August 22, 2006

Bioprinting breakthrough

Dennis Quick  /  Charleston Regional Business Journal

Biotech project could launch local kidney-producing industry

Biotech researchers at the Medical University of South Carolina and Clemson University believe they might have a solution for people needing kidney transplants.

They call it the Bioengineered Kidney Project, and it involves printing out layers of human cells, fusing the cells to form tissue and assembling that tissue into kidneys. The project was introduced in July at the debut of the Charleston Bioprinting Symposium at MUSC.

Researchers from Harvard University, Stanford University and as far away as Singapore attended the symposium, which featured presentations on cell-printing methods and technology. A cell-printing breakthrough came in 2003, when Vladimir Mironov, director of MUSC's Bioprinting Research Center, and Clemson bioengineer Thomas Boland used a modified inkjet printer to print tubes of three-dimensional living tissue.

With a glass slide as the "paper," the printer produced alternate layers of tissue cells in a non-toxic, biodegradable, cell-fusing gel. After the cell clumps fused and formed tubes of tissue, the gel was removed. Forming those tissue tubes is a key step to forming organs.

The Bioengineered Kidney Project hopes to convert that breakthrough into a local biotech industry providing kidneys for transplant patients.

Kidney demand

About 60,000 patients in the United States are waiting to receive a kidney, according to the National Kidney Foundation. A new name is added to the waiting list every 13 minutes; 17 people die each day while waiting for a kidney transplant. All told, more than 20 million Americans, an average of one in nine adults, have chronic kidney disease. Chronic kidney disease has a disproportionate impact on minority populations, especially blacks, Hispanics, Asians and Native Americans.

"Bioengineering of living human kidneys will be especially good news for patients with end-stage kidney disease and also will directly address health care disparities as kidney disease occurs more frequently in minority populations in South Carolina," said Dr. John Raymond, MUSC provost and vice president for research. "This project will place MUSC on the national and world landscape as one of the leading institutes in the area of bioengineering and regenerative medicine."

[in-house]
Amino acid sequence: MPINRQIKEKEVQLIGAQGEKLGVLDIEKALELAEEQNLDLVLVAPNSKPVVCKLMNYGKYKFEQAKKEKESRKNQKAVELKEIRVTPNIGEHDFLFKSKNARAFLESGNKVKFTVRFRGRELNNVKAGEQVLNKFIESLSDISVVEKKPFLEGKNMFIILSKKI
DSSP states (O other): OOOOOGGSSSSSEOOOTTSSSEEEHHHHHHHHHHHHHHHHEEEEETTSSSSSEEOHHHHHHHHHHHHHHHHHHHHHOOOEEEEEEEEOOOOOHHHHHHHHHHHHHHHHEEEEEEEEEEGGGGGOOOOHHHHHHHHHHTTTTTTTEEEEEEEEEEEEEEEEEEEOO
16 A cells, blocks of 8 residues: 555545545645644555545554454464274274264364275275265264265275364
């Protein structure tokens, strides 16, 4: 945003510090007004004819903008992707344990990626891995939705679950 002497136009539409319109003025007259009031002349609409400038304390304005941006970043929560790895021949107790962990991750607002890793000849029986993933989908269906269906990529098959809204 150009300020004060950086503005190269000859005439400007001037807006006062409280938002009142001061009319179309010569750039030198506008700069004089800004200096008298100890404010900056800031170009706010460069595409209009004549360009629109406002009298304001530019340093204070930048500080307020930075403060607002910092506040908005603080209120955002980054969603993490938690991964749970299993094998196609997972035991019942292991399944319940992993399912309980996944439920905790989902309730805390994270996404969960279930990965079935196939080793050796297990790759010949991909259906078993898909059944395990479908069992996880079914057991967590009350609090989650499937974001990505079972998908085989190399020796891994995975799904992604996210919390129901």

Investment wanted

Producing bioengineered kidneys is a three-stage process, according to Mironov. The first two stages involve working with cell aggregates to form three-dimensional tissue. The third stage involves assembling the kidney. "We finished step one and are pretty close to finishing step two," Mironov said. "Then we can start building the whole organ."

Building a complete kidney could happen by 2012, Mironov estimated, but he cautioned that what is needed is more financial investment. To that end, Mironov and his colleagues are applying for several National Institute of Health grants, each worth between $5 million and $10 million. Additionally, the researchers will apply for a $15 million NIH grant for a national bioprinting resource and research center at MUSC.

The Charleston area could become a major kidney supplier if researchers receive enough funding from grants and venture capitalists, Mironov said. He pointed out that Cell & Tissue Systems Inc., an East Bay Street biotech firm that develops ways to repair and cryogenically store cells and tissues, helped its parent company, Organ Recovery Systems of Chicago, develop a kidney preservation and transportation device. MUSC's bioengineered kidney research and Cell & Tissue Systems could form the nucleus of a Lowcountry-based biotech industry, Mironov noted.